What Every Individual Should Know Before Providing Informed Consent to a COVID-19 Vaccine

As clinical trials for COVID-19 vaccine are initiated by the pharmaceutical industry, patients will be recruited to test the safety of a coronavirus vaccine. There are some very important questions that each individual should be asking before they enroll into a clinical trial. Human subjects should ask whether an animal study was first conducted to evaluate the efficacy and safety of that vaccine. After the SARS and MERS outbreak, there were several efforts made to evaluate the safety and efficacy of coronavirus vaccines. Vaccines were tested in mice and produced antibody responses. The FDA uses a regulatory procedure called the "Animal Rule" when a treatment is being tested for a potentially serious infection. The "Animal Rule" requires that an anti-infectious agent first be tested 2 animal models before testing in a clinical trial. Coronavirus vaccines were commonly tested in mice. However, mice have a shortcoming as a model of coronavirus because they do not mount a fever. In contrast, ferrets do mount a fever. However, when vaccines were tested in ferrets, animals developed liver toxicity (https://www.ncbi.nlm.nih.gov/pubmed/15507655). Also, when animals were subsequently challenged with wild-type coronavirus, animals displayed a more severe pneumonia than those that did not receive the vaccine (https://www.ncbi.nlm.nih.gov/pubmed/18941225). Thus, it is important that human subjects should ask the following questions before they consent to receive any vaccine:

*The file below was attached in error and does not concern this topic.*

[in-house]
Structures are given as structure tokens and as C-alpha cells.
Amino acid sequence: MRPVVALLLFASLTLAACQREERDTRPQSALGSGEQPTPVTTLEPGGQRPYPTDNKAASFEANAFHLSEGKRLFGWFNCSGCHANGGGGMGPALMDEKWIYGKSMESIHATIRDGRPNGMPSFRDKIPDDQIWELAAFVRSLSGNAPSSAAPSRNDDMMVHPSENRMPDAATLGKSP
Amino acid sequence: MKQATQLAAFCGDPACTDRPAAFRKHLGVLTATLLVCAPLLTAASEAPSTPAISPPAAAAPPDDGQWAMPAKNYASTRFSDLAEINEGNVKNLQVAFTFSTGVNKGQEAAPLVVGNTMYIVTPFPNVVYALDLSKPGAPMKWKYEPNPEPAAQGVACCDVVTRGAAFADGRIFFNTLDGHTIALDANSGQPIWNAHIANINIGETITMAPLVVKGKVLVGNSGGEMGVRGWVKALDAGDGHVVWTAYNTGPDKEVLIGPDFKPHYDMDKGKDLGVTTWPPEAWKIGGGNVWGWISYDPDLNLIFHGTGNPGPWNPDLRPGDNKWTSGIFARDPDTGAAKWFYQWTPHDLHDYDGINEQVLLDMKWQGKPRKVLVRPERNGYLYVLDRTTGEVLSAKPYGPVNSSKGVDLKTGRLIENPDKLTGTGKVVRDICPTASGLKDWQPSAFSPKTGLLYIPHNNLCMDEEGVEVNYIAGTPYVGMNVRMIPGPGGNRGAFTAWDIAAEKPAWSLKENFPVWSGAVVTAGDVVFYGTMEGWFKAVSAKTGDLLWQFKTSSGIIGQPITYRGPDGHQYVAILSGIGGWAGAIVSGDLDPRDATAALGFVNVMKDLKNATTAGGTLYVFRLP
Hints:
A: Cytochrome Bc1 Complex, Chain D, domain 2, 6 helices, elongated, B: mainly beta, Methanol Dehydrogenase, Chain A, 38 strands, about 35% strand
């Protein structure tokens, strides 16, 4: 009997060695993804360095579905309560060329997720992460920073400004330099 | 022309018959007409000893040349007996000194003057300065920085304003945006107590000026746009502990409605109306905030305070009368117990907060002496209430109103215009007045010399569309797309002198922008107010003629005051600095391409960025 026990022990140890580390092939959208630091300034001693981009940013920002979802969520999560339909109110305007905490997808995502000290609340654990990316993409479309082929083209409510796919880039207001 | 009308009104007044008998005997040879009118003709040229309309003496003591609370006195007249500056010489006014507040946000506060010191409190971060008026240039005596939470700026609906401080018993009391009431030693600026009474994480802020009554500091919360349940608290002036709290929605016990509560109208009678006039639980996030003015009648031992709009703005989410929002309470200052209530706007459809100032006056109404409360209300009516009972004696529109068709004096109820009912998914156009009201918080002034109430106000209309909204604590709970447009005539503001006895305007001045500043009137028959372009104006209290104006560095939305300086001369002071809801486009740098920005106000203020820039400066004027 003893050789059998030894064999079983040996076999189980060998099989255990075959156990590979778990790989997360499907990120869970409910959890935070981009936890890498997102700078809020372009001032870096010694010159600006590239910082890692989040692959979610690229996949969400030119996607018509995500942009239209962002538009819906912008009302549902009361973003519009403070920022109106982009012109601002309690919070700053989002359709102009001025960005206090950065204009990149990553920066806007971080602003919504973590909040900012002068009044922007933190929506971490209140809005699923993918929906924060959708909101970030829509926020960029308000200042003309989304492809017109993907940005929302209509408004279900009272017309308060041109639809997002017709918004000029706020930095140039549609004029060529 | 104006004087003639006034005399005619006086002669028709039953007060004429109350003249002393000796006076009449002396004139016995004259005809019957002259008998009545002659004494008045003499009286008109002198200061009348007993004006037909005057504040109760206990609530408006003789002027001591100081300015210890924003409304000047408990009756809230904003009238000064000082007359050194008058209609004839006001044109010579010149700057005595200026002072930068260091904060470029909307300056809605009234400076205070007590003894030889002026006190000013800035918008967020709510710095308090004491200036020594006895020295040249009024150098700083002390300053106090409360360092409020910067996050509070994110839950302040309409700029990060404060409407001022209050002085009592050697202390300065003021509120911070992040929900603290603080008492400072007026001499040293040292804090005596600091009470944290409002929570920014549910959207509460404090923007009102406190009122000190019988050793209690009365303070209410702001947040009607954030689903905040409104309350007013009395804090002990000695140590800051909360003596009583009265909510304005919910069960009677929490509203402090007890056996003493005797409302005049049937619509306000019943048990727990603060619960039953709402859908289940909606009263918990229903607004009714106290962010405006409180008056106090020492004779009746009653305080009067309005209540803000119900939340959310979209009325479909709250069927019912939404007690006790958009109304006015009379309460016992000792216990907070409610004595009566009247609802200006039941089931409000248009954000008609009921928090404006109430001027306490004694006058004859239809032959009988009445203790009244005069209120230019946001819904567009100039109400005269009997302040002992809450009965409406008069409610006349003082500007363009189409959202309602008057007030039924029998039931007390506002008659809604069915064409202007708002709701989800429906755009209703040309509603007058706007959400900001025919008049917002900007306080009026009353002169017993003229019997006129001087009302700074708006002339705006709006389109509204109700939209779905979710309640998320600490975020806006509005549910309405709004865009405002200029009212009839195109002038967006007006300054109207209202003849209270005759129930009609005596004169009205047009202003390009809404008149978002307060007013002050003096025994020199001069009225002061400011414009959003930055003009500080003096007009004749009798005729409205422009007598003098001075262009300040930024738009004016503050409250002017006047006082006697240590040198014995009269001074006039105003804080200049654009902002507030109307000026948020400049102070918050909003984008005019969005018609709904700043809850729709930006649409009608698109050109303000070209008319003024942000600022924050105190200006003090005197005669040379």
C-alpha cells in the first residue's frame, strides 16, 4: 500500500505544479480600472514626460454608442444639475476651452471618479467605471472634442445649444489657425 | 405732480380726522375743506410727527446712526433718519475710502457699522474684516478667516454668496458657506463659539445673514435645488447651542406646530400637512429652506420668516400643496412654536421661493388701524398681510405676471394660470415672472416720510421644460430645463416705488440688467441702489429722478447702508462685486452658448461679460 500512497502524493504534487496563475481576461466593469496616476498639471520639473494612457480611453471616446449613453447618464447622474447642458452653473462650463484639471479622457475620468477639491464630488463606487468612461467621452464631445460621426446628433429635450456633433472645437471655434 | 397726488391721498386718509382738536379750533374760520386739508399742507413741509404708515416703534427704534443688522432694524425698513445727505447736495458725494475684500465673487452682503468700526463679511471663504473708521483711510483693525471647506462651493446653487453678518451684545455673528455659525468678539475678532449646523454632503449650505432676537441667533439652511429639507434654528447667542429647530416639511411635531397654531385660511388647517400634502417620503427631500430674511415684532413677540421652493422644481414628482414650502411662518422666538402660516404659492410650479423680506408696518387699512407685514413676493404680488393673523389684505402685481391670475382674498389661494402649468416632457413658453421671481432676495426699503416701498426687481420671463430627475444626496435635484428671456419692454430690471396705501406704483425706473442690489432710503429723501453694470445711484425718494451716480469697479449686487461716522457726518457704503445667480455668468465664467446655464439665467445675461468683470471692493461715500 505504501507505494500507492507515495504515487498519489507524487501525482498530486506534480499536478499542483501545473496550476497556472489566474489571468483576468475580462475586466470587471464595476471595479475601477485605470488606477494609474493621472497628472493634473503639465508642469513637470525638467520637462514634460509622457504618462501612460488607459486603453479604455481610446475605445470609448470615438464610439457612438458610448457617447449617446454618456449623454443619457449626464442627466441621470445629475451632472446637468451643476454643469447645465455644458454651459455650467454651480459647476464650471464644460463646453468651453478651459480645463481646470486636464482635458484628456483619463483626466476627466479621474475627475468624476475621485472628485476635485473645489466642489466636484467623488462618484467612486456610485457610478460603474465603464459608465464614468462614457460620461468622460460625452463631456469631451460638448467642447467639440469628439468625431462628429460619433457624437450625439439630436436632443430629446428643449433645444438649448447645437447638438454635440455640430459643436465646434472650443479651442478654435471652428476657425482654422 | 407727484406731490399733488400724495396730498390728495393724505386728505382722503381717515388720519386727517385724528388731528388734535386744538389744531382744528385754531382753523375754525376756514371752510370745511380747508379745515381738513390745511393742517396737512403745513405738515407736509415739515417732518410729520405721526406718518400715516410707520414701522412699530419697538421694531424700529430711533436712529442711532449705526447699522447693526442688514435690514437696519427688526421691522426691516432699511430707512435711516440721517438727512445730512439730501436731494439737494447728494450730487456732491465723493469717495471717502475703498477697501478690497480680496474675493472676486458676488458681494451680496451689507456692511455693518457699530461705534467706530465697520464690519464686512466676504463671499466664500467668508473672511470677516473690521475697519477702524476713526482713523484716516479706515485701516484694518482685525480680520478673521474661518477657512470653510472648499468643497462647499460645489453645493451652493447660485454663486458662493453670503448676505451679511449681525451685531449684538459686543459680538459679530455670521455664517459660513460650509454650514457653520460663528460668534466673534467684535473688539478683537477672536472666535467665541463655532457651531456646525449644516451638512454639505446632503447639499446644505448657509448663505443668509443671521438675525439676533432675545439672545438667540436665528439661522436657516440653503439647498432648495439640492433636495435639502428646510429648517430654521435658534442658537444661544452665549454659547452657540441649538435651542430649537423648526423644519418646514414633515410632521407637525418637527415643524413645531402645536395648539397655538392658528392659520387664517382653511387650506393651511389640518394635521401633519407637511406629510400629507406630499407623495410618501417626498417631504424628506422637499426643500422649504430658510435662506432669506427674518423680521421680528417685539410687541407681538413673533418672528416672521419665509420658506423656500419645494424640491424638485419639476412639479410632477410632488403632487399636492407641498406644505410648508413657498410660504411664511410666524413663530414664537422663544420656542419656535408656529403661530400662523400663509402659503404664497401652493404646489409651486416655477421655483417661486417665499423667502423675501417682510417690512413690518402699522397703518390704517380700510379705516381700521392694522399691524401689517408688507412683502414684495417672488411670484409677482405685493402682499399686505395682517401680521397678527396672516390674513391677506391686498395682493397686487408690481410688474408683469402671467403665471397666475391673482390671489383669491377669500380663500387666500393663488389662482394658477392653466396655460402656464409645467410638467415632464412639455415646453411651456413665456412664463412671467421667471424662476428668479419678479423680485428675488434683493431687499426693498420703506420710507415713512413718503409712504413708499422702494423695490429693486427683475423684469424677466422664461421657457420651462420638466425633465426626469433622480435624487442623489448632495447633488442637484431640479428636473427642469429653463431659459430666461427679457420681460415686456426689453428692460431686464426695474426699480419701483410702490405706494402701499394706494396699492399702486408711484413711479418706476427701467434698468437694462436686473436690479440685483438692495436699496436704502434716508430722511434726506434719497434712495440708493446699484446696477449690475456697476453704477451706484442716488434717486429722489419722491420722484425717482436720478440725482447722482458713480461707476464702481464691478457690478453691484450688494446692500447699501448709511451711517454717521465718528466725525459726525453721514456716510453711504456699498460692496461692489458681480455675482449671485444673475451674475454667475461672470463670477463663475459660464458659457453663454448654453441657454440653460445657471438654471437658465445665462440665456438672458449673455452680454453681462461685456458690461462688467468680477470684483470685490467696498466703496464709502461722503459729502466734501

1. Were animal studies conducted with the vaccine?
2. How many different animal models were tested with the vaccine?
3. Were there any evidence of toxicity with the vaccine?
4. Were the animals that received the vaccines subsequently challenged with the wild-type virus and what was the outcome of those studies?

If answers to these questions are not provided, then individuals should not provide consent. The Institute wants to ensure the public that it will conduct rigorous safety and efficacy studies in the future in animal studies before any vaccine candidate is ever tested in humans.

© 2020 John Paul II Medical Research Institute.